This is the eighth installment of a series of interviews I am conducting with academic philosophers about their religious practices. In this series of interviews, I ask philosophers about their religious practices and the influence on their philosophical work. Follow the links for parts 1, 2, 3, 4, 5, 6 and 7. The contributors are in various stages of their career, tenured and untenured. Interviews were conducted through e-mail and responses are not edited.
This interview is with Eric Steinhart, full Professor of Philosophy at William Paterson University.
Can you tell me something about your current religious affiliation/self-identification?
I was raised as a conservative Evangelical Protestant (many of my close male family members are conservative Evangelical ministers). When I was young I was extremely immersed in my Christianity. But I essentially left Christianity when I was 18. However, I maintained a vaguely Christian theology for a long time. By the time I was in my 40s I had completely lost interest in classical theism.
Much of my interest in philosophy of religion has been driven by a series of religious or mystical experiences. I have had five or six of these. Of them, three have been overpowering, ego-shattering experiences, while three have been gentler. But all have been profoundly moving. None of them have involved God. Other philosophers, such as Wittgenstein, Hick, and Plantinga have reported their own mystical experiences. So it’s worth thinking more about how such experiences inspire philosophies.
I would not say that I really gained much new knowledge during these experiences. The content of my experiences was shaped by what I had already studied and found interesting in philosophy, theology, and mathematics. I already thought that reality was a certain way, but my thoughts were merely very abstract outlines of that way. During my mystical experiences, I saw with intense vividness that reality is this way. Much of what I have written philosophically is an effort to verbally express the content of these visions. I regard all these efforts as failures. The vision really is ineffable.
To some, the term “vision” might suggest hallucination. But I would not say that I have hallucinated. Rather, my visions are more purely mathematical. During one, which came close to the violence of a seizure, I saw the iterative hierarchy of pure sets. I had been studying a lot of set theory; but then I saw it. Along with this vision there was an extreme flood of joy, as well as a kind of pain that comes from being cognitively broken up. Another vision involved something like the totality of recursive functions on the ordinal number line, and the recognition that these functions are the meanings which produce reality as they generate themselves. The forest dissolved into a network of computations. I had already experienced something like this while reading Josiah Royce. This vision was again extremely joyous, and I knew that death is nothing.
On the basis of these experiences, as well as plenty of discursive reasoning, I identify myself as a religious naturalist. However, I do not take this naturalism to entail simply materialism or logical positivism. Unfortunately, religious naturalism today is mostly intellectual, and has little in the way of social practice. So I am primarily interested in developing social practices for religious naturalism. Rather than my practices driving my beliefs, my beliefs are driving my search for practices. And much of my search is for practices which cohere with my mystical experiences.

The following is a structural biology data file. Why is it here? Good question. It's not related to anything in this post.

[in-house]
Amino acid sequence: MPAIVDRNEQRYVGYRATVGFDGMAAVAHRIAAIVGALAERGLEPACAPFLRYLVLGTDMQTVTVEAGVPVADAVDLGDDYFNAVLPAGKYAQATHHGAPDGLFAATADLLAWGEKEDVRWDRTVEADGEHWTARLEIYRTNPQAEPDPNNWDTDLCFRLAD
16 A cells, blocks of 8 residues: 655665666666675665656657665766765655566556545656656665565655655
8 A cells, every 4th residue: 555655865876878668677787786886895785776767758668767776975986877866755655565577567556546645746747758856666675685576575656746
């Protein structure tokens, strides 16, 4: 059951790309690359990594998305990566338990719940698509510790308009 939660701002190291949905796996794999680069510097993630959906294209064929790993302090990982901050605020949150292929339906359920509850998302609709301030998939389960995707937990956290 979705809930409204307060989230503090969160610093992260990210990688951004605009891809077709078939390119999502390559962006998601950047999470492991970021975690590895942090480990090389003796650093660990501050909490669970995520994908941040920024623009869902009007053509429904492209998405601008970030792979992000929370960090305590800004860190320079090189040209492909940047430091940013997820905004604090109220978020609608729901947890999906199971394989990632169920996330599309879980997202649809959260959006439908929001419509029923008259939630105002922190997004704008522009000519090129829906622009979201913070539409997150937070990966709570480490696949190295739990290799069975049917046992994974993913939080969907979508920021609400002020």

My main religious practice consists of meditative walks in the forests of Vermont or New York. I do these walks regularly. Some might wonder whether such walking can be truly religious (or spiritual); yet it is a widely discussed practice among religious naturalists. The objective is to immerse and dissolve the self into nature, to experience the unity of nature or the interconnectedness of all natural things. During these walks, I have had two mystical experiences. The first was an overpowering vision. It was perhaps the most emotionally and cognitively intense experience of my life. The second was moving into that level of intensity, but it was interrupted by another person who was also on the trail with me. Nevertheless, it was potent.
I routinely enjoy participating in various religious practices. If people invite me, I tend to go. I’ve gone to various Christian functions over these last few years. I’ve also gone to many Jewish seders. I’ve gone to many earth-centered religious gatherings. And I’ve gone to many atheist winter solstice celebrations. But since I have no regular social practice, I might be put in the “spiritual but not religious” category.
Of all these, the earth-centered gatherings have been most interesting. These gatherings are done by a group affiliated with a Universalist Unitarian church. They are held on the eight solar holidays on the Wheel of the Year, are vaguely pagan. However, the group I go to does not refer to itself as pagan, and does not identify with any specific pagan tradition. Nor does it have anything to do with the occult (I reject the occult, like I reject all supernaturalism). It is essential to stress I do not identify as pagan. On the contrary, religious naturalism is not consistent with paganism. But religious naturalists have much to learn from pagans about nature-centered liturgy.
In the group I’ve worked with, the solar holiday rituals follow a fairly standard liturgical pattern, based on British Traditional Wicca: closing a circle, calling the four directions, dancing, chanting, a central ritual, releasing the directions, opening the circle. This liturgical pattern is used by many different religious groups, including Christians. It has been used by Catholic “Green Sisters” movement. (It has intriguing relations to the Cosmic Mass done by Matthew Fox.) It has been used in spiritually-oriented raves. And Don Crosby recommends something like it for religious naturalists.
I am deeply impressed with this liturgy. The rituals are emotionally intense. During these rituals, I have seen again much of the content of my earlier visions. But the experience is gentler and more controlled (perhaps because it is in a ritual context, with highly patterned and scripted interactions with people and things). So I am interested in helping religious naturalists to develop equally intense rituals.